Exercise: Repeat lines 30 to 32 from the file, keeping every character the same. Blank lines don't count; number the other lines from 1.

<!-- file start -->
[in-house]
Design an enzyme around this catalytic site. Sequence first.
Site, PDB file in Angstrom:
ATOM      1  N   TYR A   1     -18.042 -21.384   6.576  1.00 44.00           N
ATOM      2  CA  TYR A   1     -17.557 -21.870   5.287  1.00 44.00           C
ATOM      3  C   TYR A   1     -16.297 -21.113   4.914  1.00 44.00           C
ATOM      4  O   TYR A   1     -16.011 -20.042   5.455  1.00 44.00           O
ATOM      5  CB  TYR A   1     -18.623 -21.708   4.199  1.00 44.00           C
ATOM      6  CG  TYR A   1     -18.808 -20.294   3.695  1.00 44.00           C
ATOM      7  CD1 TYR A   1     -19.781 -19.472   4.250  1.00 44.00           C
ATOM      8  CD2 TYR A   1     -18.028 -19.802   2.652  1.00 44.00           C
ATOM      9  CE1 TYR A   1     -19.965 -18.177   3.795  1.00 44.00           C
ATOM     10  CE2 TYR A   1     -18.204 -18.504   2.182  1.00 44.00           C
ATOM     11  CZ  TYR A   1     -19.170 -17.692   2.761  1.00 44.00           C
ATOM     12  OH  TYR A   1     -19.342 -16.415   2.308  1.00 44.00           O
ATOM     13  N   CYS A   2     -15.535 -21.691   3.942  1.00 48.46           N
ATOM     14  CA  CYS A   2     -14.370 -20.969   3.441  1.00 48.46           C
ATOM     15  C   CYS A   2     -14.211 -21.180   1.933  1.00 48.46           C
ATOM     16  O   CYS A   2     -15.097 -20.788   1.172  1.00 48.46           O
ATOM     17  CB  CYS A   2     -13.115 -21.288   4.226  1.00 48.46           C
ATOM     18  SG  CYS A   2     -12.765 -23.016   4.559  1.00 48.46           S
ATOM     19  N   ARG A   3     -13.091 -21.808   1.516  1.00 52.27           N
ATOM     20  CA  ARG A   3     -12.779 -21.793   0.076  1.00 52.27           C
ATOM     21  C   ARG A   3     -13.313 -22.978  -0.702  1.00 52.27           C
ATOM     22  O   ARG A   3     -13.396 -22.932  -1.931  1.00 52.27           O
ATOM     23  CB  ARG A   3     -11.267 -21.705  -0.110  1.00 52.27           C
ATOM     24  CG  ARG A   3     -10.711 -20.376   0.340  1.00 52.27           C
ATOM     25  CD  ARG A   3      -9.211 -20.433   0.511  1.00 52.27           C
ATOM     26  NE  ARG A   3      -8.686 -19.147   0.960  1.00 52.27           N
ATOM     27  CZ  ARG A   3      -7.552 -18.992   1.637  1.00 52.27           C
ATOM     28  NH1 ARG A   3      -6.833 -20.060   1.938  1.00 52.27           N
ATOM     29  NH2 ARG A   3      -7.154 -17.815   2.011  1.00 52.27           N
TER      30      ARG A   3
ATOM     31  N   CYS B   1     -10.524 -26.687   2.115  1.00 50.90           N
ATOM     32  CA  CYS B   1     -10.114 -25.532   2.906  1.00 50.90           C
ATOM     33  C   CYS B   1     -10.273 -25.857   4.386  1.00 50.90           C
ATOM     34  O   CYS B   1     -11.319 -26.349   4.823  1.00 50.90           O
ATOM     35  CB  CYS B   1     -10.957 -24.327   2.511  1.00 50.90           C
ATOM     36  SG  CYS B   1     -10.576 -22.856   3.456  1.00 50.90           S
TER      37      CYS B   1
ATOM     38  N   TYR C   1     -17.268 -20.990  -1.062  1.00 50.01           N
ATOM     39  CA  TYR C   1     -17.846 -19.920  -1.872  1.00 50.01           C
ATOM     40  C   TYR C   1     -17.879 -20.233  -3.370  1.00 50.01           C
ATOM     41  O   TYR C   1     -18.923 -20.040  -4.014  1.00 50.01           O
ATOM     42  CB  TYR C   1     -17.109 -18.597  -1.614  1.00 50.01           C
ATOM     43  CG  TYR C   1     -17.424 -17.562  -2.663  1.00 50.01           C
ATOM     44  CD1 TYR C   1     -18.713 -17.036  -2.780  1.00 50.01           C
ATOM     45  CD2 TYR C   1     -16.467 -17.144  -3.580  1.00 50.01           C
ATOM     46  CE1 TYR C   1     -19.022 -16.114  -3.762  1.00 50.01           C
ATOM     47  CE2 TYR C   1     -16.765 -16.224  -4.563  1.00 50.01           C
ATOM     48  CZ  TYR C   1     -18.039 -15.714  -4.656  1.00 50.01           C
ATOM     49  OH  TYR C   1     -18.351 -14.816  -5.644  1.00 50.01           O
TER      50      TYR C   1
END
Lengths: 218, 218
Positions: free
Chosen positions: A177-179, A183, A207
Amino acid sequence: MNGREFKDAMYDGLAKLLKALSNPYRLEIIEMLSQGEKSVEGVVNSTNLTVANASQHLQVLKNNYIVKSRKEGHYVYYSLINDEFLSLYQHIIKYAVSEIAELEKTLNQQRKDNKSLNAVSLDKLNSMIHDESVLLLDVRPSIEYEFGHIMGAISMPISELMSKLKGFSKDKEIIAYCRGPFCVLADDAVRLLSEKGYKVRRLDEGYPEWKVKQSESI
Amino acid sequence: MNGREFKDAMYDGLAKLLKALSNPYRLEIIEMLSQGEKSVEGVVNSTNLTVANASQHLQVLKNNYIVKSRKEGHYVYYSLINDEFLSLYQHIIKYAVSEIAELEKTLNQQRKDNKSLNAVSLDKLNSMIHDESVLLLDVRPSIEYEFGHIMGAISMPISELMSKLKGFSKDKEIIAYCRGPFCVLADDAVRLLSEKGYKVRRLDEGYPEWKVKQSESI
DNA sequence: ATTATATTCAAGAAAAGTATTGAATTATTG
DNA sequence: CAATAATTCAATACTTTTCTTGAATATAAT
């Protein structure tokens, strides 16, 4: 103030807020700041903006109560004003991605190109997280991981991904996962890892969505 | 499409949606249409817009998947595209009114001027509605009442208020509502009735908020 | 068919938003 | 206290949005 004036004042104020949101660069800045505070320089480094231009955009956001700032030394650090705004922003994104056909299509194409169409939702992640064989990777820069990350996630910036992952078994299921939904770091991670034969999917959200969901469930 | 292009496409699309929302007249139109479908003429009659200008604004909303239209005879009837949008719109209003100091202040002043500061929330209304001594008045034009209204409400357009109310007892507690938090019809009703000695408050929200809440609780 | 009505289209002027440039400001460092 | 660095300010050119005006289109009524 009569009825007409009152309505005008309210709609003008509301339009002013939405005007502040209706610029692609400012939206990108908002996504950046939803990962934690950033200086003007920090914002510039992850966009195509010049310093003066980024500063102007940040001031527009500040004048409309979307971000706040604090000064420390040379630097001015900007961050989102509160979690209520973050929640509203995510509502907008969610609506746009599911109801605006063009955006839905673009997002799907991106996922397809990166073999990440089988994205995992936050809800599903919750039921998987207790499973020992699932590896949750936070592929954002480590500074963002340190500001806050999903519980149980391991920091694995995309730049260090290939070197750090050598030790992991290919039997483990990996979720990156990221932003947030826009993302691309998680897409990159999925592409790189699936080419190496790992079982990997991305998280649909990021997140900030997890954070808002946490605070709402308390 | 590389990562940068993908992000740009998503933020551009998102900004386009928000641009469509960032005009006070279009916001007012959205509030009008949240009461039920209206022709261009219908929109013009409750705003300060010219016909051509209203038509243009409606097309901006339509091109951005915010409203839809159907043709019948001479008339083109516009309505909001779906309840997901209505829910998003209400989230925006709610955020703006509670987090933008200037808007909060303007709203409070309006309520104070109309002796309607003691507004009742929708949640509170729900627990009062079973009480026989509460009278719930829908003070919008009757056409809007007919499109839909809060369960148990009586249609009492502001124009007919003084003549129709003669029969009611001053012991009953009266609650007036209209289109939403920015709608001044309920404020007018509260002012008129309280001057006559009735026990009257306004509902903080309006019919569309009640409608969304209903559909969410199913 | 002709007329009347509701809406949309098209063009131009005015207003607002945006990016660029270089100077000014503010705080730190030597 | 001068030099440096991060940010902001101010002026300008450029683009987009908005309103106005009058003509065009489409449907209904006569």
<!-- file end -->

ATOM     27  CZ  ARG A   3      -7.552 -18.992   1.637  1.00 52.27           C
ATOM     28  NH1 ARG A   3      -6.833 -20.060   1.938  1.00 52.27           N
ATOM     29  NH2 ARG A   3      -7.154 -17.815   2.011  1.00 52.27           N